I had hotdogs and snuck sips of Dad's and Gran's beers - followed by swigs of Coke to wash out the bitterness - and cheered like crazy and had my first imaginings of being down there on that field playing myself. Facing Burdette, or Friend or Bob Buhl and whacking one into the corner and running like Vada , fast as a flame follows a trail of gas around those bases and sliding safe into third.

At first, as the season started I was involved in my struggles to establish myself in my own right, on my Loveland little league team. The first fly ball hit to me, I still remember. It was a high pop just beyond 2nd and I was in Center. I ran and ran and ran and made it to the ball and pulled up, kind of flinched and the ball fell onto the ground right in front of me. Dad was my coach. He called me over. I expected to get a chewing. Instead he told me "Great job - that was a long run and you got there. Some wheels you got. Next time just stick your glove out and you'll catch it. Once you catch the first one Jake, you've got the makings of good centerfielder." He made me feel great and I never feared making a mistake again.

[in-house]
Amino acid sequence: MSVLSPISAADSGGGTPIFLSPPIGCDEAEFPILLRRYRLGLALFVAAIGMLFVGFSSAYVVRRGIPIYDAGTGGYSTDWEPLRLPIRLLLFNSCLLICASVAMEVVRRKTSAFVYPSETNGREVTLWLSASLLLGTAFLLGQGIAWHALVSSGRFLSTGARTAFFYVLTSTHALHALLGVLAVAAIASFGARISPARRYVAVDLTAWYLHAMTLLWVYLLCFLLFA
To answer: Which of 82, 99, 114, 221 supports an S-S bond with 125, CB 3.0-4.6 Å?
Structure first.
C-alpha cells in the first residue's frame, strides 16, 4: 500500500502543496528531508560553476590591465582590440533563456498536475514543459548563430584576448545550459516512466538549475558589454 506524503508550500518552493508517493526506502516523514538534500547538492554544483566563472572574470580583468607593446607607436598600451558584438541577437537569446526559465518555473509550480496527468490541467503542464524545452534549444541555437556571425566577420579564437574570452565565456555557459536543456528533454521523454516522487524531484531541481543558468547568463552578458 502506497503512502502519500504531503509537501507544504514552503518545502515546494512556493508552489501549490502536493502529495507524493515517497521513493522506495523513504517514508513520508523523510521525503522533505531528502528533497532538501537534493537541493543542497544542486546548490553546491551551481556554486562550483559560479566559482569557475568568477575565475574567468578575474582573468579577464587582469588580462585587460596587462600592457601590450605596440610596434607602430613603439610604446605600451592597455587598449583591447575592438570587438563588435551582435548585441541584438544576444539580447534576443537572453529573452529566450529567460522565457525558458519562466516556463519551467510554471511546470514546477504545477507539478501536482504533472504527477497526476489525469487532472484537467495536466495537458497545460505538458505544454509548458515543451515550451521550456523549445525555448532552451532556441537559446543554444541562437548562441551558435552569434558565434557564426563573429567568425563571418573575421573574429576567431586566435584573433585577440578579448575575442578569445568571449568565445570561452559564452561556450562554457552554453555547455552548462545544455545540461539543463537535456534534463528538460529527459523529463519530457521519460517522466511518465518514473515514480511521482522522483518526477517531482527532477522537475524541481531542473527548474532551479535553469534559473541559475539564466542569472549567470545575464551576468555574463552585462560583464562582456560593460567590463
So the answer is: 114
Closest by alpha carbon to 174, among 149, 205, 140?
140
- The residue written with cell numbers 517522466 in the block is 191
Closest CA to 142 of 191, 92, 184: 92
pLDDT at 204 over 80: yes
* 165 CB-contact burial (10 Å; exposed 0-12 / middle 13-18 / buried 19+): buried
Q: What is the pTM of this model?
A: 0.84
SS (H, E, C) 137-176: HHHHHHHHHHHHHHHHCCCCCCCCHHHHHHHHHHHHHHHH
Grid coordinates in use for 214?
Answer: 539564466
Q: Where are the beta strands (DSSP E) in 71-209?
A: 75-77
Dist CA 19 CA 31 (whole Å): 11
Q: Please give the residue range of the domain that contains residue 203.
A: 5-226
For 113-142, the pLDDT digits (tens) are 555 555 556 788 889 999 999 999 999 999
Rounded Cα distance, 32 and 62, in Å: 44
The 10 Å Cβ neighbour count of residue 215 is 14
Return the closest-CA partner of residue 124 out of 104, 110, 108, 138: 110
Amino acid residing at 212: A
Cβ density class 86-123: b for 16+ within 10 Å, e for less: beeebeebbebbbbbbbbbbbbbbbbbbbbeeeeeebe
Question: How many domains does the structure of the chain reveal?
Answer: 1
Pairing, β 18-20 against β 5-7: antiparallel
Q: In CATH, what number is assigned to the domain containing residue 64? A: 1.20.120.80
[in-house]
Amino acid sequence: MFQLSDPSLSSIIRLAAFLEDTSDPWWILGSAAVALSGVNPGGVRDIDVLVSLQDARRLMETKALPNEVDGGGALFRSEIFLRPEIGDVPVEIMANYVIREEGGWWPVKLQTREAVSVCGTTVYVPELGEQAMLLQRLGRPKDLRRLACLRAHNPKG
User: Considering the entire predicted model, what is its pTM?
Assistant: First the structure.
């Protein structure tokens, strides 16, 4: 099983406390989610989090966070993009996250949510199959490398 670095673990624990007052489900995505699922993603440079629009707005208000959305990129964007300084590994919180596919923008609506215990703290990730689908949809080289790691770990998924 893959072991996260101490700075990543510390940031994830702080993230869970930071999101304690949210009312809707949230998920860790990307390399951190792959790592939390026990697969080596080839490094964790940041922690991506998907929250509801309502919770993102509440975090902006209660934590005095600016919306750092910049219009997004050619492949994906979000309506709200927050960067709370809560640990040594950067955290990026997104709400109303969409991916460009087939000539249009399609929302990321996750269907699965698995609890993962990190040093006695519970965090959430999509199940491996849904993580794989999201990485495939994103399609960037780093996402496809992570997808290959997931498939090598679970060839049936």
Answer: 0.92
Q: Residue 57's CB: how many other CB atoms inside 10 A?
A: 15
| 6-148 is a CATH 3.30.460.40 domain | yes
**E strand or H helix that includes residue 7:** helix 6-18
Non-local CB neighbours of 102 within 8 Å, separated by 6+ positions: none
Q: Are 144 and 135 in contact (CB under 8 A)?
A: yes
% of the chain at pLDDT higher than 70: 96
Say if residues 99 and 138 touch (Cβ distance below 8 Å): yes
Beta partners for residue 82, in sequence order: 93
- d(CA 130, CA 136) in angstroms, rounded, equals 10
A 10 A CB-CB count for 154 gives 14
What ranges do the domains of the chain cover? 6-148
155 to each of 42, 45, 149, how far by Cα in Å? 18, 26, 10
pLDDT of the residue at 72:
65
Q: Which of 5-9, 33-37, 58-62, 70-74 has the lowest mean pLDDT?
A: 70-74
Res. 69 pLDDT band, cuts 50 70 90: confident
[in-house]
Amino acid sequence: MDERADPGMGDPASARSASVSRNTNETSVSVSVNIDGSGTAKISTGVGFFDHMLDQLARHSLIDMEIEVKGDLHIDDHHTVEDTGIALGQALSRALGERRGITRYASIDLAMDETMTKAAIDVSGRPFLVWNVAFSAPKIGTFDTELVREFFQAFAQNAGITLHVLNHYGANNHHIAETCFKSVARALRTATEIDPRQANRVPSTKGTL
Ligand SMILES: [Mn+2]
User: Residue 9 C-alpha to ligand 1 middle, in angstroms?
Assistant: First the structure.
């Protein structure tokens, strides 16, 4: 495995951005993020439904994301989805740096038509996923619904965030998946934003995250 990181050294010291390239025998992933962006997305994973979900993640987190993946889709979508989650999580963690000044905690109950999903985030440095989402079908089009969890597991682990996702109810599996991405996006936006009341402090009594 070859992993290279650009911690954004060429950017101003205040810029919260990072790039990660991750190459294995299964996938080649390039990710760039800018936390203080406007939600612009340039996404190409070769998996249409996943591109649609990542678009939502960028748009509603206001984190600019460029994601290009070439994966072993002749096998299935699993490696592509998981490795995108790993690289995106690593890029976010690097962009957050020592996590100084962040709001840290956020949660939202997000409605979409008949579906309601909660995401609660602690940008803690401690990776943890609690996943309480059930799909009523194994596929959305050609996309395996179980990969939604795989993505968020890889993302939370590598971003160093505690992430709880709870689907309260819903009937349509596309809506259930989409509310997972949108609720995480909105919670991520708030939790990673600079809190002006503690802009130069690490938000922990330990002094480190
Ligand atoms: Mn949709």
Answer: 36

As the summer wore on into June the buzz was growing - the Reds were starting to win. Gran took me to the first game. We rode a bus to Crosley and some older guys made fun of me because I brought my glove. They didn't understand. I brought my glove everywhere. When we went to Albers my glove was in the car beside me. What was more natural than a glove to a ballgame?